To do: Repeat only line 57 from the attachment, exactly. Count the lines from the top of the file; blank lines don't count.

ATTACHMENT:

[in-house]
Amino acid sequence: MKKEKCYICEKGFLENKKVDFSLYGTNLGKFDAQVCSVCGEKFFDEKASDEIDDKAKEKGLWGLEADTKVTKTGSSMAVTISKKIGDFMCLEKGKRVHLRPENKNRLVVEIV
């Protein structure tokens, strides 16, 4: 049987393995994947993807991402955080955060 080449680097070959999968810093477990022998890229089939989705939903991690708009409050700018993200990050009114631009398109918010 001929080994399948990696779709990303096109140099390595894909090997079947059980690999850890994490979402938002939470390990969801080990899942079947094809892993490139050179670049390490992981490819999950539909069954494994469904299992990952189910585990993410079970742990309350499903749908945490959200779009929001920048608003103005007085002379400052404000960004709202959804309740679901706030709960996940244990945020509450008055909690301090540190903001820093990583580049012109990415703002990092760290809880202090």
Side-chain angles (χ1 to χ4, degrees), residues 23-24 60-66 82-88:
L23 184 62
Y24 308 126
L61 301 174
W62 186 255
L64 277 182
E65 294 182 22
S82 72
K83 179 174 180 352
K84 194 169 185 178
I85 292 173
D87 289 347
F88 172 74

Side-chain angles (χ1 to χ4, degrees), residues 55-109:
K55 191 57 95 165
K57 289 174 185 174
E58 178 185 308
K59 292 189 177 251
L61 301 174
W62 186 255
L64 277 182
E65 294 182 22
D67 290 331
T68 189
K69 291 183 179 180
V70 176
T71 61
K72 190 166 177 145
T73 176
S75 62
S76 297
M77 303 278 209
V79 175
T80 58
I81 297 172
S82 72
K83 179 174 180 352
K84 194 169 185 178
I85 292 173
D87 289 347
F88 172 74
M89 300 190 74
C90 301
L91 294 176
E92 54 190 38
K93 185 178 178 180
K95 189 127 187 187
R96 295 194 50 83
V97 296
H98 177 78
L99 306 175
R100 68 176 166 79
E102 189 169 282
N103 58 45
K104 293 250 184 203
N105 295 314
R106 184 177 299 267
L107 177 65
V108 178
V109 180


N103 58 45